A Chilean friend of ours, Octavio Nef, who works in eco-tourism which is blooming in Chile, providing employment in the countryside, asked us to publish his views on the proposed dams (below in English and Spanish):
“If the proposed dams in Patagonia are constructed, the environmental impact will be global. This statement might sound alarmist, or without basis, so I will try to be clear in my explanations:.
The rivers Pascua and Baker rise respectively in the Southern and Northern ice sheets of Chile, both flowing to the south of the Golfo de Penas, where they meet the peninsular of Taitao. Here a huge mixing effect occurs between the river water and those of the Humbolt current, with the rivers contributing large quantities of nutrients and aiding maintenance of essential cold temperatures.
The Humbolt current is the principle factor contributing to the climate of the greater part of South America. If its temperatures are altered, one can only imagine the impact on South America’s climate. It must be remembered that, if a river is dammed (like the Baker or Pascua) it transforms into two distinct rivers, the one rising above the dam and the other below it (in fact, Maule and Bio-bio should be called Rio Colbun S.A.). The river that rises from a lake or dam has a higher temperature to a natural river. It also loses nutrients to the dam, as they are laid down in the lake rather than flowing down stream.
All this is without considering the contamination of the river during the construction which will cause marine life within the Golfo de Penas to move to other waters in search of better conditions, with a consequent effect on local fishing.
I believe that this is a compelling global catastrophe which should be opposed and that together we should avoid at all costs the construction of these giants, which will cut off the waterways of the Southern Pacific”.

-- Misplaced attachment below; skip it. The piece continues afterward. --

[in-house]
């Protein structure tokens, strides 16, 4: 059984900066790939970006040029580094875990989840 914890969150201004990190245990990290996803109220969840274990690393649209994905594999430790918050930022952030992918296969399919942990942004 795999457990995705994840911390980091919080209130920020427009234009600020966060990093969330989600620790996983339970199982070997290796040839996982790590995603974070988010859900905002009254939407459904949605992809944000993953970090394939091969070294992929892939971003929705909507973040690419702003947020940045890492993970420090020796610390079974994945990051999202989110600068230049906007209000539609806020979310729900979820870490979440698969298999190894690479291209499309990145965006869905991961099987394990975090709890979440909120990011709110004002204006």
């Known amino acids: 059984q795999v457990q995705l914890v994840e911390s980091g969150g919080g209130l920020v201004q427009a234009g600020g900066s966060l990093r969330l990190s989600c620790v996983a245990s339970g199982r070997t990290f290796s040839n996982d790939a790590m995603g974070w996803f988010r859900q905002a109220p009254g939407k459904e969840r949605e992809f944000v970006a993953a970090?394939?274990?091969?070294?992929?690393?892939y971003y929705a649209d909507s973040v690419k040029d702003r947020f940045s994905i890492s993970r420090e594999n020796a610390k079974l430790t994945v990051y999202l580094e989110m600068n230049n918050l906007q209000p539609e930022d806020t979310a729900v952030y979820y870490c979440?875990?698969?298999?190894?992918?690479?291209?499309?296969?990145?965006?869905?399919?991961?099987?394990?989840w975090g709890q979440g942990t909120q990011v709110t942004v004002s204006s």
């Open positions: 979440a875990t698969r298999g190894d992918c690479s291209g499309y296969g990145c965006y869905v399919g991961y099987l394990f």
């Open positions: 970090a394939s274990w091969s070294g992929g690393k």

(Tourism and marine operations)
Impacto Ambiental de Hidroaysén.
Si llegaran a construirse las represas en la Patagonia el impacto ambiental puede ser global. Esta afirmación puede sonarles alarmista o con falta de bases, por lo que trataré de ser muy claro en las explicaciones.
Los rios Pascua y Baker nacen respectivamente de los campos de hielo Sur y Norte, ambos desembocan al sur del Golfo de Penas, lugar donde gracias a la península de Taitao que forma un gran remolino se mezclan con las aguas con las aguas de la corriente de Humboldt aportando una gran cantidad de nutrientes y ayudando en gran medida a mantener su temperatura fría.
La corriente de Humboldt es el factor principal en el clima de gran parte de Sudamérica, si llegara a alterarse la temperatura de esta no podemos cuantificar el impacto en el clima, con suerte imaginarlo. Hay que considerar que si se represa un rio (Como el Baker, el Pascua o cualquier otro) lo transformamos en dos rios distintos, uno sobre la represa y otro que nace justo bajo esta (De hecho, Maule, y Bio-bio deberían llamarse Colbún S.A.) el rio que nace de un lago o represa tiene una temperatura superior a la que tendría en forma natural, además parte de los nutrientes quedan embancados.
Esto es sin considerar que la contaminación del rio durante la construcción podría hacer que gran parte de la fauna marina del Golfo de Penas deba emigrar a otras aguas en busca de mejores condiciones, con el concecuente impacto en la pesca local.
Creo que este es un argumento de peso mundial para oponerse y evitar atoda costa la construcción de estos gigantes que cortarán las vias respiratorias del Pacífico Sur.
Operador de turismo y navegante.
http://www.waterdeva.com/pdfs/Burrall_et_al_2009.pdf Environmental Impact Assessment
http://www.outsideonline.com/photo-galleries/Damming-Chile-s-Rio-Baker.html Amazing photos of the Rio Baker
http://www.patagoniasinrepresas.cl/final/ Pretty stark graphic.
http://www.sinrepresas.com/ The organisation working on the issue in Chile – including video
http://www.conservacionpatagonica.org/blog/2012/03/05/five-kayaks-three-days-one-baker-river/ Amazing photos of the Baker